Photos of Growing Up Wild and Free in Rural New Zealand


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Photos of Growing Up Wild and Free in Rural New Zealand

Without formal education, the paddocks, bush and beach become classrooms.

Self-taught photographer Niki Boon has lived almost all of her life in the countryside of New Zealand. Drawing inspiration from he upbringing in the country, Niki has photographed her four kids as they grow up wild and free playing and learning from the land. As a family, they have decided to homeschool their children and these photos are a testament of the natural curiosity that rural landscapes inspire.


VICE: Tell me about your upbringing in the countryside?
Niki Boon: It was in the Bay of Plenty in the North Island of New Zealand. We grew up in a big family farm, running around and going wherever we wanted. We had drains we used to fish out of, paddocks, big trees and orchards.

How do you think living in the countryside has impacted your kid's lives?
They probably won't know how lucky they are until they look back and I hope my photos will help them with that. One of the things that they've learnt is the responsibility for the land and everything on it. So that having the animals and everything is not so straightforward, because for us it gets really dry in the summer. so they have to learn about how the land works and that what we have to do to supplement it. To give the grass as much as we can, and give the animals as much food as we can.

Why did you want to do this series in the first place?
These photos started three or four years ago when we first moved here. I think it coincided with our decision to keep and teach the kids at home. That decision came with a lot of questions from friends, from relatives and from within ourselves. The photos really helped—initially it was to show us maybe what the kids were doing with their day and we found out that they were learning all the time.

What are some of the things that you do to teach them stuff?
We do not formally have a curriculum or anything, but we do have academic sort of books in the house. Probably the only thing that will be remotely formal is maths, but other than that we have just bookshelves and they grab and read lots of books. The other thing is that they ask questions and we encourage them to follow through on their questions and look for answers.


What do you think is going to happen as they grow into teenagers in terms of their connection to the countryside?
Well I am right in the middle of it, as my eldest is only thirteen but it will certainly make a difference on how we do things and it will be interesting to see. I remember when I was a teenager I wished I could live in town. Now I look back on it and I was in the right place. It just meant that we had an extra challenge in terms of transport but I got really good at riding my bike, and it's funny because my kids are getting really good at it now. It is all about getting your independence and in the country there is just another way of doing it.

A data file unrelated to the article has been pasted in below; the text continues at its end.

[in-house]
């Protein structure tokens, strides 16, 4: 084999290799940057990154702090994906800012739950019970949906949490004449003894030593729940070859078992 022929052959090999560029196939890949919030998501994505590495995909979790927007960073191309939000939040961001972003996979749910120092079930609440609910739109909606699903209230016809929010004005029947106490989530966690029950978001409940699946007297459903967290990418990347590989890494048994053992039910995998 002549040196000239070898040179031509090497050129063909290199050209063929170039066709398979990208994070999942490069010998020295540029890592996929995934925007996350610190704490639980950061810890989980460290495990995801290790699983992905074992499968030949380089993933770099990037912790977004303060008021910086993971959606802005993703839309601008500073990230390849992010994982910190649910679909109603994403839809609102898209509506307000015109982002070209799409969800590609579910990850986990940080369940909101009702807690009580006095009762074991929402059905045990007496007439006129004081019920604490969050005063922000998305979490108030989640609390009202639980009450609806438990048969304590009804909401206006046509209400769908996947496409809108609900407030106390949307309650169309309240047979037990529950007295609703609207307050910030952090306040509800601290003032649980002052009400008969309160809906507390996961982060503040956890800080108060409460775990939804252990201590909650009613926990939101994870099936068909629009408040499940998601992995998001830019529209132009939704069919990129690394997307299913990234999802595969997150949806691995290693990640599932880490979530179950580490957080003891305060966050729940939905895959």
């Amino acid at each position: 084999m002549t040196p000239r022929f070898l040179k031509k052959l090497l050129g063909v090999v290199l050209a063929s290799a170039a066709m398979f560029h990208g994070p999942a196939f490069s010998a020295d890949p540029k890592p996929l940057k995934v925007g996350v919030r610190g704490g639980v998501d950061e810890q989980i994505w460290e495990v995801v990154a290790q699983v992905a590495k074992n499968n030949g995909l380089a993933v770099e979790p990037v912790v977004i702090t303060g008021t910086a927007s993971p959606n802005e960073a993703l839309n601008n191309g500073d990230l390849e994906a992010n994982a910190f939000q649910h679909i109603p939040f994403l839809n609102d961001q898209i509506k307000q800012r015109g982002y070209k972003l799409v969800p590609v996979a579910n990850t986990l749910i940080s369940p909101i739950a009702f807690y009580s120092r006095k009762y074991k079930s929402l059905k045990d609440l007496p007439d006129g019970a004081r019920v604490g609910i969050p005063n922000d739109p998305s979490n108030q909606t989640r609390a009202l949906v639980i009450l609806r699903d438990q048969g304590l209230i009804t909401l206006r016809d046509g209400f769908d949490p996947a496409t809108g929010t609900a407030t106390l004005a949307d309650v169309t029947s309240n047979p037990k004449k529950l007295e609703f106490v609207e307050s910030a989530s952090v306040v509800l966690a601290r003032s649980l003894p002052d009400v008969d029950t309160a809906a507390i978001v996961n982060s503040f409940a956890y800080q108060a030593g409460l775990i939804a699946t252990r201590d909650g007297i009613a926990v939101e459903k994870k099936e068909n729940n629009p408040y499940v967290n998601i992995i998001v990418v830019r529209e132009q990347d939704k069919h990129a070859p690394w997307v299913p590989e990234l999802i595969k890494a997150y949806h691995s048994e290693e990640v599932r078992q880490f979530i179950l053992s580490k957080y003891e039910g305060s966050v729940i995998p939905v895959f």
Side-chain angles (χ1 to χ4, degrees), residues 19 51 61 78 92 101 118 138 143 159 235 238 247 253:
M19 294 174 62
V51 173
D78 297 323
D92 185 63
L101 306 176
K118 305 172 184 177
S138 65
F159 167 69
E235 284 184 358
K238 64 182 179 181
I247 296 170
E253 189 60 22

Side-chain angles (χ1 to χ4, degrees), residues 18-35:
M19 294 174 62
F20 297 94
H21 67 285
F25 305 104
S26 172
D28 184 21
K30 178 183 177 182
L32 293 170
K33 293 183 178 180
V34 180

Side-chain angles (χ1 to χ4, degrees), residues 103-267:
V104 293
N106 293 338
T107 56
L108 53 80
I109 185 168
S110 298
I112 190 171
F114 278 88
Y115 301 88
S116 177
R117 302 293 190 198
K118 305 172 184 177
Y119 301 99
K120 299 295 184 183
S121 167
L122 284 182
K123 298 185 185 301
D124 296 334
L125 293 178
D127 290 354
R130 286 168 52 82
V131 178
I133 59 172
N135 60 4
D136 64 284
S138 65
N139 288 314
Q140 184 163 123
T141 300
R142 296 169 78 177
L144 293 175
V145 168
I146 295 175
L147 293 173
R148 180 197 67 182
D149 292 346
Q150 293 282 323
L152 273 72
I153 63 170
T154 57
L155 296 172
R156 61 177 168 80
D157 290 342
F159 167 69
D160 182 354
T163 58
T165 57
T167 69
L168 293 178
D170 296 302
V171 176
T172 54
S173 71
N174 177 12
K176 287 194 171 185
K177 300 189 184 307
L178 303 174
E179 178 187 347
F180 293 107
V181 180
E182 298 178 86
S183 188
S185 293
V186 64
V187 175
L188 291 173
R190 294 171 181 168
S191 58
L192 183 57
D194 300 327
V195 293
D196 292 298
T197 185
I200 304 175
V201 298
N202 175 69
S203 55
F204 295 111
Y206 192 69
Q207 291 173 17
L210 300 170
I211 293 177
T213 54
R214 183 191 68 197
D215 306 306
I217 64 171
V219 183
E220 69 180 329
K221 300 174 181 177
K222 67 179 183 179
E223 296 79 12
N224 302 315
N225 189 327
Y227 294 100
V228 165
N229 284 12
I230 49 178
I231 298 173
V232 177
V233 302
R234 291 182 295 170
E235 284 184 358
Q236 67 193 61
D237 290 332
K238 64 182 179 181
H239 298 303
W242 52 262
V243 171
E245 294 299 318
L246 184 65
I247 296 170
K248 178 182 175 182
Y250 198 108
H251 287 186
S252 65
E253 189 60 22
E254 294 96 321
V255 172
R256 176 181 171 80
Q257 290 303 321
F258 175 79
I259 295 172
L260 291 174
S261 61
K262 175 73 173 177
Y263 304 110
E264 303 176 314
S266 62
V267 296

So what do you think about the city?
I lived and studied in Auckland for four years and to be honest I spent pretty much every weekend getting out of there. There are so many opportunities in the city and things going on, and I hope that our kids will experience that one day, but I think that the country is the best way to grow up as a kid.

It looks so fun! Do you have any favourite shots in this series?
They are all special in different ways. I like to capture the bits of childhood that are not necessarily up there, that everyone expects to see, like the joy and the laughter, I like to shoot more the quiet bits, the confusing bits, the quiet times and frustrating times—they all speak to me in different ways.

French photographer Alan Laboile accused you of plagiarism in 2012. How do you feel about it now?
One thing that it has done is made me look at the whole photography world and even the art world and think about where this has come from. It is interesting to me that people seem to be looking at the aesthetic of the picture rather than what is behind it. For me, I know the pictures they were talking about and I could look at every one of those photos and tell you in-depth the full story about that how it came to be, and what happened before. Still, the way that our world is now, we are looking at the picture for what it is on the surface not what is the depth in it.

That's an interesting point, so as a photographer, how do you draw the line between taking inspiration and aesthetic plagiarism?
It is a really tricky question because if you look at art, any kind of art, you look at poetry, you look at music, everybody has been inspired by somebody or something else, that's how we work. Even if you go back to historic paintings, they were inspired by biblical stories, by myth and legends. So for some reason it is okay in certain areas and not in others, I do not know, it's an interesting line.

See more of Niki's photos here .

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